December 2022 x Videocity x REX Box, Bern, Switzerland
Language has been proven to influence culture and identity, colouring the interpretation of a reality. Playing a key role in the analysis of information during viewing/observation, words describe and explain realities, infusing them with feelings, connotations and double meanings. So how does language affect one’s understanding and reading of images?
The exhibition invites the viewers to reflect on conceptual tensions and dualisms, whilst considering how one own’s use and knowledge of language(s) shapes one’s relationship with images. Layering narratives, both visually and textually, the displayed video works play with the roles of associations. Peter Weibel’s work Augentexte juxtaposes the act of seeing with its signifiers – the image of an eye and the word ‘see’. Whilst an image of the eye is a direct index of the action, the word ‘see’ is a symbol, given meaning via a linguistic convention, whereby the word itself (and the letters that compose it) have no intrinsic connection to the act of seeing.
Ushnish Mukhopadhyay confronts us with a duality of textual presence and absence, whilst using his own body to support the formation of narrative. Referring to the Kuleshov effect, where the preceding image can determine the emotional interpretation of someone’s facial expression, the work reinvents this editing practice using text. Confronting us with erasure and restructuring, the work decomposes and recomposes narrative building blocks whilst restricting visuality to a continuous frame.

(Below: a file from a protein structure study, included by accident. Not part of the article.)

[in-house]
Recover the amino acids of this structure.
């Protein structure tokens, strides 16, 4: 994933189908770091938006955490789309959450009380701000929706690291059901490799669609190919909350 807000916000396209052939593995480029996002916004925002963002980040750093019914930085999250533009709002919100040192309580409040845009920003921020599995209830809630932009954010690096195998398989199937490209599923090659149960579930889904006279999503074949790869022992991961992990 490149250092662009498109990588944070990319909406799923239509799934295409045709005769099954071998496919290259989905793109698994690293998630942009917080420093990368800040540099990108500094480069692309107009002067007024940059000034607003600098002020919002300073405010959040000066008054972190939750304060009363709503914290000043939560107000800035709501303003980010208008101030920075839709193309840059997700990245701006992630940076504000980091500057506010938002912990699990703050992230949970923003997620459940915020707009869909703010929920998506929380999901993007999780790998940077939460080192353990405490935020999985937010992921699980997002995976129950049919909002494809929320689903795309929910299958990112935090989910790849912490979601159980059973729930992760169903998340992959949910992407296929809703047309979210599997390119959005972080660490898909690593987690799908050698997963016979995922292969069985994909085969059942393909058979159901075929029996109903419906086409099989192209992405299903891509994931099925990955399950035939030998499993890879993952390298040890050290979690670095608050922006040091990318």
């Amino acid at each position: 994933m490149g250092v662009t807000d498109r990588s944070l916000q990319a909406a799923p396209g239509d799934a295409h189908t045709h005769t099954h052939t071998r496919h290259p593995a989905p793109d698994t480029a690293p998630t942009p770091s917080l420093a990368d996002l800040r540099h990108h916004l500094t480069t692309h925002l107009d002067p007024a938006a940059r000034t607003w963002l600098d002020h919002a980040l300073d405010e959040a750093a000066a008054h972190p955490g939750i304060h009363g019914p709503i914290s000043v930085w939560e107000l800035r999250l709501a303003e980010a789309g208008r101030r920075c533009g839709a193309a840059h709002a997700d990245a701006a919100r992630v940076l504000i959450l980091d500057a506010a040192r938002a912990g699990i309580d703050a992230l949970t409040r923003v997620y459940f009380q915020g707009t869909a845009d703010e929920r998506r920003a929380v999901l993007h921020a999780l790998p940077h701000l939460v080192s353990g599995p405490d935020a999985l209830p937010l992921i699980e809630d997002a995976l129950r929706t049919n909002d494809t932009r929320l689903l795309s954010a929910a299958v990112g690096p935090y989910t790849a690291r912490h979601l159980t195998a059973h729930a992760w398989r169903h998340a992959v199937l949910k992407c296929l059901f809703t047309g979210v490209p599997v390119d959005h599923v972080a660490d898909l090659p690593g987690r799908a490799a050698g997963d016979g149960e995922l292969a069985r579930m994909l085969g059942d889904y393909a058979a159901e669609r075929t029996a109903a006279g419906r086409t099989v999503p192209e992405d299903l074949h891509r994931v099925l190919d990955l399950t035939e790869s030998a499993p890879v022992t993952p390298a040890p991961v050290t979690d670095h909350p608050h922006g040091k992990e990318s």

Ballada do Balkonów byAgata Lech & Gosia Trajkowska juxtaposes a ballad (in the form of voiceover and subtitles) with a video essay, reflecting on the cultural meaning and definition of balconies in Polish everyday culture. The accompanying images imply and suggest meanings, offering a reinterpretation of the text and fostering an interpretative tension.
Finally, in I am Love, Anette C. Halm writes over her own reflection to make a statement and self-define. In other words, the artist uses writing to contextualise her perception of herself – similar to Mukhopadhyay, she uses symbols (words) to narrow the potentiality of visual interpretation. Yet, as the mirror is gradually covered in text, its meaning slowly becomes illegible – by over-describing what we see, Halm demonstrates that we might at risk of losing what is in plain sight.